New Report Uncovers the Impacts of COVID-19 On Communication Accessibility for Adults with Hearing Loss

New Report Uncovers the Impacts of COVID-19 On Communication Accessibility for Adults with Hearing Loss

Survey respondents indicated the need for better communication access, including through the use of captioning across all live and recorded sources

Click here to watch this announcement in ASL

(For Immediate Release) August 23, 2021 The Canadian Hard of Hearing Association (CHHA), University of British Columbia (UBC), and Wavefront Centre for Communication Accessibility release a report on findings from a recent survey released to Canadians on the Impacts of COVID-19 on Communication Accessibility for Adults with Hearing Loss. Insights from close to 700 responses summarize the key findings, such as the demand for universal captioning, the impacts of masks, ways to promote clearer communication, and the accessibility of obtaining information from the government.

“We are grateful to all the individuals who took the time to complete the survey and who shared their experience and perspectives with us about the impacts of the pandemic to their day-to-day lives,” says Christopher Sutton, Chief Executive Officer, Wavefront Centre. “The results from this report provide us with a foundation to better understand the impact that the COVID-19 pandemic has had on our communities and to ensure that moving forward, we can address these challenges as we continue to manage COVID-19 throughout the recovery phase and beyond.”

“We will continue to raise awareness and take action, appealing to all levels of government, corporations and organizations when it comes to communication accessibility. The pandemic heightens specific concerns and challenges that do need to be addressed now and post COVID-19,” says Lee Pigeau, National Executive Director CHHA. “Bridging the gap on communications barriers will ensure people who are Deaf and Hard of Hearing are provided equitable access at all times especially during a crisis or other emergencies.”

The principal investigators, Dr. Brenda Poon, Wavefront Centre Senior Research Fellow and Assistant Professor at UBC, and Dr. Lorienne Jenstad, Associate Professor at UBC School of Audiology and Speech Sciences, shared the preliminary findings of the survey on a webinar in May 2021.

“The Deaf and Hard of Hearing respondents reported negative impacts of COVID-19 on many aspects of their lives: employment, social connections, grocery shopping, access to medical care, among others. While many people found communication difficult with face masks and plexiglass barriers, this population was perhaps harder hit because these safety measures interfere with facial cues and clear speech signals.” explains Dr. Poon. “We sense there may be a tension between following safety needs and providing better communication, and, unfortunately, these aren’t always compatible.” Dr. Jenstad added.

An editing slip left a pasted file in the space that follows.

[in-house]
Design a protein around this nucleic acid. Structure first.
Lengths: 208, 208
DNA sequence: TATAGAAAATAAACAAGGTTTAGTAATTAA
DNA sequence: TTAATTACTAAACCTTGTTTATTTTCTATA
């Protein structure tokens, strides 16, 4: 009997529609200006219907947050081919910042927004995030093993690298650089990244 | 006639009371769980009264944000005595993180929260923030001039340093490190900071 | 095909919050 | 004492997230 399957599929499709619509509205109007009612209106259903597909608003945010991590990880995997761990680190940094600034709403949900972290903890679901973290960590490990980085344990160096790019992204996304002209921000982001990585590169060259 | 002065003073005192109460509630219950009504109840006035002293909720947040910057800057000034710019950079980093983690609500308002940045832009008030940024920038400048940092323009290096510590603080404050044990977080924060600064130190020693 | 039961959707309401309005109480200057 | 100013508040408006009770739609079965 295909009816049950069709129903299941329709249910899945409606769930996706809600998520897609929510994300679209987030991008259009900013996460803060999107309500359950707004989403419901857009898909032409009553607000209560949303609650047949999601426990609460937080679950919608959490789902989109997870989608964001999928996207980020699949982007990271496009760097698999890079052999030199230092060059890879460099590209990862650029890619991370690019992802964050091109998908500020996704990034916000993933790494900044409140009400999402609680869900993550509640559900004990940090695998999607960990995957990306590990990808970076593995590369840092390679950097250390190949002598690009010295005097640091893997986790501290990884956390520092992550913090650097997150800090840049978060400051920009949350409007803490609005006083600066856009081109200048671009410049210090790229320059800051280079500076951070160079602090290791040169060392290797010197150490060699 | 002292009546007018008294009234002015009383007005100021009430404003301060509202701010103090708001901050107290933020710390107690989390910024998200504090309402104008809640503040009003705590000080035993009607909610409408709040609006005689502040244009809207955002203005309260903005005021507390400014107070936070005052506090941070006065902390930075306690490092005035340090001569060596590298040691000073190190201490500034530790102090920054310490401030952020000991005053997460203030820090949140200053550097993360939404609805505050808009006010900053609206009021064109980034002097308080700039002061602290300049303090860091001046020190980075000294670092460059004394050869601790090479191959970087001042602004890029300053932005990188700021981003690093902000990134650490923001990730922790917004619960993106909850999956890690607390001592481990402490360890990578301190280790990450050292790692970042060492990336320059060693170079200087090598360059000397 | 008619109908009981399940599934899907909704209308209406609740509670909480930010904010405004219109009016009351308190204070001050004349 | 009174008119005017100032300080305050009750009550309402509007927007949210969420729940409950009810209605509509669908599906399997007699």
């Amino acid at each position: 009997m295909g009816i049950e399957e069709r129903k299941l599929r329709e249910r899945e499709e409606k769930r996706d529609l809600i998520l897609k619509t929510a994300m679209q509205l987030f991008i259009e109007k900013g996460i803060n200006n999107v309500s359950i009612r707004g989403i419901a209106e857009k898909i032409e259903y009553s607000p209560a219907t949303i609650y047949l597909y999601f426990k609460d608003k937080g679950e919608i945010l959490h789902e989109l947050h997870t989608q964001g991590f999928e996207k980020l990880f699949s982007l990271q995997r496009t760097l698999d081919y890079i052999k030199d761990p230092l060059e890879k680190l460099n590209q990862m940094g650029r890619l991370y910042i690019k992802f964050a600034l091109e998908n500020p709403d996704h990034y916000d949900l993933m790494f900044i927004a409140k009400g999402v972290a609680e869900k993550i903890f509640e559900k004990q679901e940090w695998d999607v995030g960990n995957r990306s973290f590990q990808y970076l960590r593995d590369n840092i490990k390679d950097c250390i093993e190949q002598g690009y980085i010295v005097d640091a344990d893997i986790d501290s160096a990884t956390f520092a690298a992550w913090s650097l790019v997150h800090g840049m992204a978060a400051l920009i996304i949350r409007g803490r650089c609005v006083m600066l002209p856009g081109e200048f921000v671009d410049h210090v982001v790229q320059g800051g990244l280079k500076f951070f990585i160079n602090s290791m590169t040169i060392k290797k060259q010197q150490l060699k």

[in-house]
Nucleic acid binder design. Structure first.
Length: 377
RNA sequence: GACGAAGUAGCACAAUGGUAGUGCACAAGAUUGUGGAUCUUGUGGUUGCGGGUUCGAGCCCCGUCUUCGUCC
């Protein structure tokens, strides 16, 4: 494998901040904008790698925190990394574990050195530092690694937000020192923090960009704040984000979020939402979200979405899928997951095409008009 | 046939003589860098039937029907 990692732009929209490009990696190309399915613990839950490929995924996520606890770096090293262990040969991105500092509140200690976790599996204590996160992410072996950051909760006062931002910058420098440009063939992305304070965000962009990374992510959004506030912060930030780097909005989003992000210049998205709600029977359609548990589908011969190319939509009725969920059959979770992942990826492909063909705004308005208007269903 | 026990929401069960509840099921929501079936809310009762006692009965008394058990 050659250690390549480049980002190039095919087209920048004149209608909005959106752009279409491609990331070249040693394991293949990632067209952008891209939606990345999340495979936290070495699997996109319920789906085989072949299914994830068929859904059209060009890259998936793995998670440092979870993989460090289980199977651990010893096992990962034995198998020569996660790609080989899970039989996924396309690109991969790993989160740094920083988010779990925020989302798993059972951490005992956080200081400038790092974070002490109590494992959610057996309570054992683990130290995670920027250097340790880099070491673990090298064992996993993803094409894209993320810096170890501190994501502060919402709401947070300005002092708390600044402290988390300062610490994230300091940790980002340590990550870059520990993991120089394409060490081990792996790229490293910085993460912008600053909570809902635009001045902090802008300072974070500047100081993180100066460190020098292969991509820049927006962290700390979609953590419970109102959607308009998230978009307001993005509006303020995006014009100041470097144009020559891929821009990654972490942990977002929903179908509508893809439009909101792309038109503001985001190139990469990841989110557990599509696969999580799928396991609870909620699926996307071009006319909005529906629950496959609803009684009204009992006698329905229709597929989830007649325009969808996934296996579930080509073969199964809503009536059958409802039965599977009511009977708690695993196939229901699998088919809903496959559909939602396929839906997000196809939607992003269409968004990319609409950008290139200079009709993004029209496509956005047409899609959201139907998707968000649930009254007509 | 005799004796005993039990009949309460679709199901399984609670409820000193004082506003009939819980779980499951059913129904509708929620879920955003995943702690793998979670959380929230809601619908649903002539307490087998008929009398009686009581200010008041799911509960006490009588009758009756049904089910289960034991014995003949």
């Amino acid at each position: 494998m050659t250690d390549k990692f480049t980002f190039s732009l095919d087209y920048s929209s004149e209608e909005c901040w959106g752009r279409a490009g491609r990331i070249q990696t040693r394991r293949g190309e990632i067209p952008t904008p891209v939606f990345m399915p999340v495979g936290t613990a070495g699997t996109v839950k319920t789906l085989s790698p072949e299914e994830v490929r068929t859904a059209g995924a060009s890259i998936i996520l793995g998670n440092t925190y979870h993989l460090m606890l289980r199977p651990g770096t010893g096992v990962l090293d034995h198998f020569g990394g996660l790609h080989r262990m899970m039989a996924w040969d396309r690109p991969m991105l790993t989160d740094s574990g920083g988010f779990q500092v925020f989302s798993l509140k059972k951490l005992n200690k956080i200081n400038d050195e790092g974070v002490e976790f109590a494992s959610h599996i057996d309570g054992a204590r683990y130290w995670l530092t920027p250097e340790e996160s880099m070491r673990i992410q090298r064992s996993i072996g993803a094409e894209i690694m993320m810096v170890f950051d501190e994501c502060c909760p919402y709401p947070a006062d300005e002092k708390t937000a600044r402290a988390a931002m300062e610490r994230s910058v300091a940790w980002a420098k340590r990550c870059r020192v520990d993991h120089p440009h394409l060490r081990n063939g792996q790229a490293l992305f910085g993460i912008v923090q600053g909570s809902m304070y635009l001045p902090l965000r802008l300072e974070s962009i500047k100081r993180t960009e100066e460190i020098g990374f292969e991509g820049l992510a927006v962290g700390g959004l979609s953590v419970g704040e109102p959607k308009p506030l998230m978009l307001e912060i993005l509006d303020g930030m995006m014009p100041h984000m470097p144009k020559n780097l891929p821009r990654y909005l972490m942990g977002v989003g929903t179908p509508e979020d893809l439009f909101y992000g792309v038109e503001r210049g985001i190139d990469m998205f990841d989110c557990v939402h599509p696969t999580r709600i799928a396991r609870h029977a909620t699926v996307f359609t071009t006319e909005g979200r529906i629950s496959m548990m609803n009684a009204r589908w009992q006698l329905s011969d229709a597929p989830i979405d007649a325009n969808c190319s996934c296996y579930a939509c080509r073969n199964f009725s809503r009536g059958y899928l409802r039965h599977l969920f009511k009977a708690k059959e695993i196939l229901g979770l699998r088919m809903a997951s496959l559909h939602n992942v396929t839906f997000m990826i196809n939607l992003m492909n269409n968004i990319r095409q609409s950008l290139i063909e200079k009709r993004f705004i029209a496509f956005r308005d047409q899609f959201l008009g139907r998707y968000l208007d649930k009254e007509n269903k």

The survey on the Impacts of COVID-19 on Communication Accessibility for Adults with Hearing Loss was designed to collect information on the impact the pandemic has had on the daily lives of people who experience hearing loss and deafness, with particular focus on communication accessibility and access to information. Click here to access the full report. A video recording of our webinar outlining selected survey results is available. Click here to watch the recording of this webinar.

Key findings in the report:

  • More than 80% of individuals with hearing loss found it difficult to understand others with face masks
  • 60% of individuals reported that their mental health has been negatively affected as a result of the pandemic
  • At least one-quarter of individuals with higher severity of hearing loss were unable to obtain hearing health services due to COVID-19 restrictions
  • Only 16% of respondents reported obtaining hearing or hearing aid services remotely from a specialist such as an audiologist or hearing instrument practitioner.
  • Over 60% of respondents reported difficulty in understanding others who are behind plexiglass barriers.
  • At least 60% of respondents indicated that having captioning available would help improve communication with others in video calls and at virtual events

Wavefront Centre for Communication Accessibility

Established in 1956, Wavefront Centre for Communication Accessibility is a BC based, charitable not-for-profit organization operating as a social enterprise. Wavefront Centre delivers innovative services in Audiology and Communication Devices, Counselling, Seniors Outreach, and Accessible Communication Services that assist people who are Deaf, Deafblind and Hard of Hearing achieve full communication accessibility.

Canadian Hard of Hearing Association (CHHA):

The Canadian Hard of Hearing Association (CHHA) was established in 1982 and is Canada’s leading consumer advocacy organization representing the needs of the nearly 4 million people living with hearing loss. With a network across Canada, CHHA works cooperatively with hearing loss professionals, service providers, government and provides life-enhancing information, support, and advocacy to ensure people with hearing loss are able to overcome barriers in all aspects of their lives.

 

Media Contacts:

 

Gordana Mosher

CHHA Manager, Accessibility Projects & Communications

gmosher@chha.ca

613-526-1584 ext 103

Mobile 905-572-3923

Janee Yang

Communications Assistant, Wavefront Centre for Communication Accessibility

janee.yang@wavefrontcentre.ca

604-736-7391 ext 412